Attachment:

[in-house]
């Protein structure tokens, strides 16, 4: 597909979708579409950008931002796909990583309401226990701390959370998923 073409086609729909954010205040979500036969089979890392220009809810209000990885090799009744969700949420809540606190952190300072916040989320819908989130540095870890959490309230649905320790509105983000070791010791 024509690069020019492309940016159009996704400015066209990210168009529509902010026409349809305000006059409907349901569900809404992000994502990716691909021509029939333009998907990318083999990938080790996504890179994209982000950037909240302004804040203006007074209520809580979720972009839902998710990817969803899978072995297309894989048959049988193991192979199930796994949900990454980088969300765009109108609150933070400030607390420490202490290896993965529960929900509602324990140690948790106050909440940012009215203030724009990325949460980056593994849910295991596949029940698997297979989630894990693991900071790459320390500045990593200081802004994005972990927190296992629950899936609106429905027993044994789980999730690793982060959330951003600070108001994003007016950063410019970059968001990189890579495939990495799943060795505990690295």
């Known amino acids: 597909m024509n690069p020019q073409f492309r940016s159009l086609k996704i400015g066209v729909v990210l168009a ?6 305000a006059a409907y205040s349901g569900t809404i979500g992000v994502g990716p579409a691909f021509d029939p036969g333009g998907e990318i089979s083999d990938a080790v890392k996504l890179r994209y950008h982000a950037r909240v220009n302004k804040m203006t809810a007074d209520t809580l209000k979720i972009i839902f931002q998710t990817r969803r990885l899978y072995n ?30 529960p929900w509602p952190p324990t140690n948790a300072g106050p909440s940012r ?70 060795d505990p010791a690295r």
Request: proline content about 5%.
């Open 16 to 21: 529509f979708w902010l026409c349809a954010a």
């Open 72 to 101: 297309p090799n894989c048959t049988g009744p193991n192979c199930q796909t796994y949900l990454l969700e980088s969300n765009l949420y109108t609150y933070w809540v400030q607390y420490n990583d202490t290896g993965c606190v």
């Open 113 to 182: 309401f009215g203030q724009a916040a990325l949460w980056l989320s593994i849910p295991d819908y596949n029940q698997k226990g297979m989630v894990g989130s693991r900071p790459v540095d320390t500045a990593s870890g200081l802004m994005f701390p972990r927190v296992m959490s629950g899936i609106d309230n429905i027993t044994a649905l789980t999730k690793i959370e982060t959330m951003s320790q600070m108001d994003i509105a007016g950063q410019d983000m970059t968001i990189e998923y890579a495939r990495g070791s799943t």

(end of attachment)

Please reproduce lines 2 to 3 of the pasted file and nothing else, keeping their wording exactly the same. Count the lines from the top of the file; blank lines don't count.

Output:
């Protein structure tokens, strides 16, 4: 597909979708579409950008931002796909990583309401226990701390959370998923 073409086609729909954010205040979500036969089979890392220009809810209000990885090799009744969700949420809540606190952190300072916040989320819908989130540095870890959490309230649905320790509105983000070791010791 024509690069020019492309940016159009996704400015066209990210168009529509902010026409349809305000006059409907349901569900809404992000994502990716691909021509029939333009998907990318083999990938080790996504890179994209982000950037909240302004804040203006007074209520809580979720972009839902998710990817969803899978072995297309894989048959049988193991192979199930796994949900990454980088969300765009109108609150933070400030607390420490202490290896993965529960929900509602324990140690948790106050909440940012009215203030724009990325949460980056593994849910295991596949029940698997297979989630894990693991900071790459320390500045990593200081802004994005972990927190296992629950899936609106429905027993044994789980999730690793982060959330951003600070108001994003007016950063410019970059968001990189890579495939990495799943060795505990690295």
């Known amino acids: 597909m024509n690069p020019q073409f492309r940016s159009l086609k996704i400015g066209v729909v990210l168009a ?6 305000a006059a409907y205040s349901g569900t809404i979500g992000v994502g990716p579409a691909f021509d029939p036969g333009g998907e990318i089979s083999d990938a080790v890392k996504l890179r994209y950008h982000a950037r909240v220009n302004k804040m203006t809810a007074d209520t809580l209000k979720i972009i839902f931002q998710t990817r969803r990885l899978y072995n ?30 529960p929900w509602p952190p324990t140690n948790a300072g106050p909440s940012r ?70 060795d505990p010791a690295r």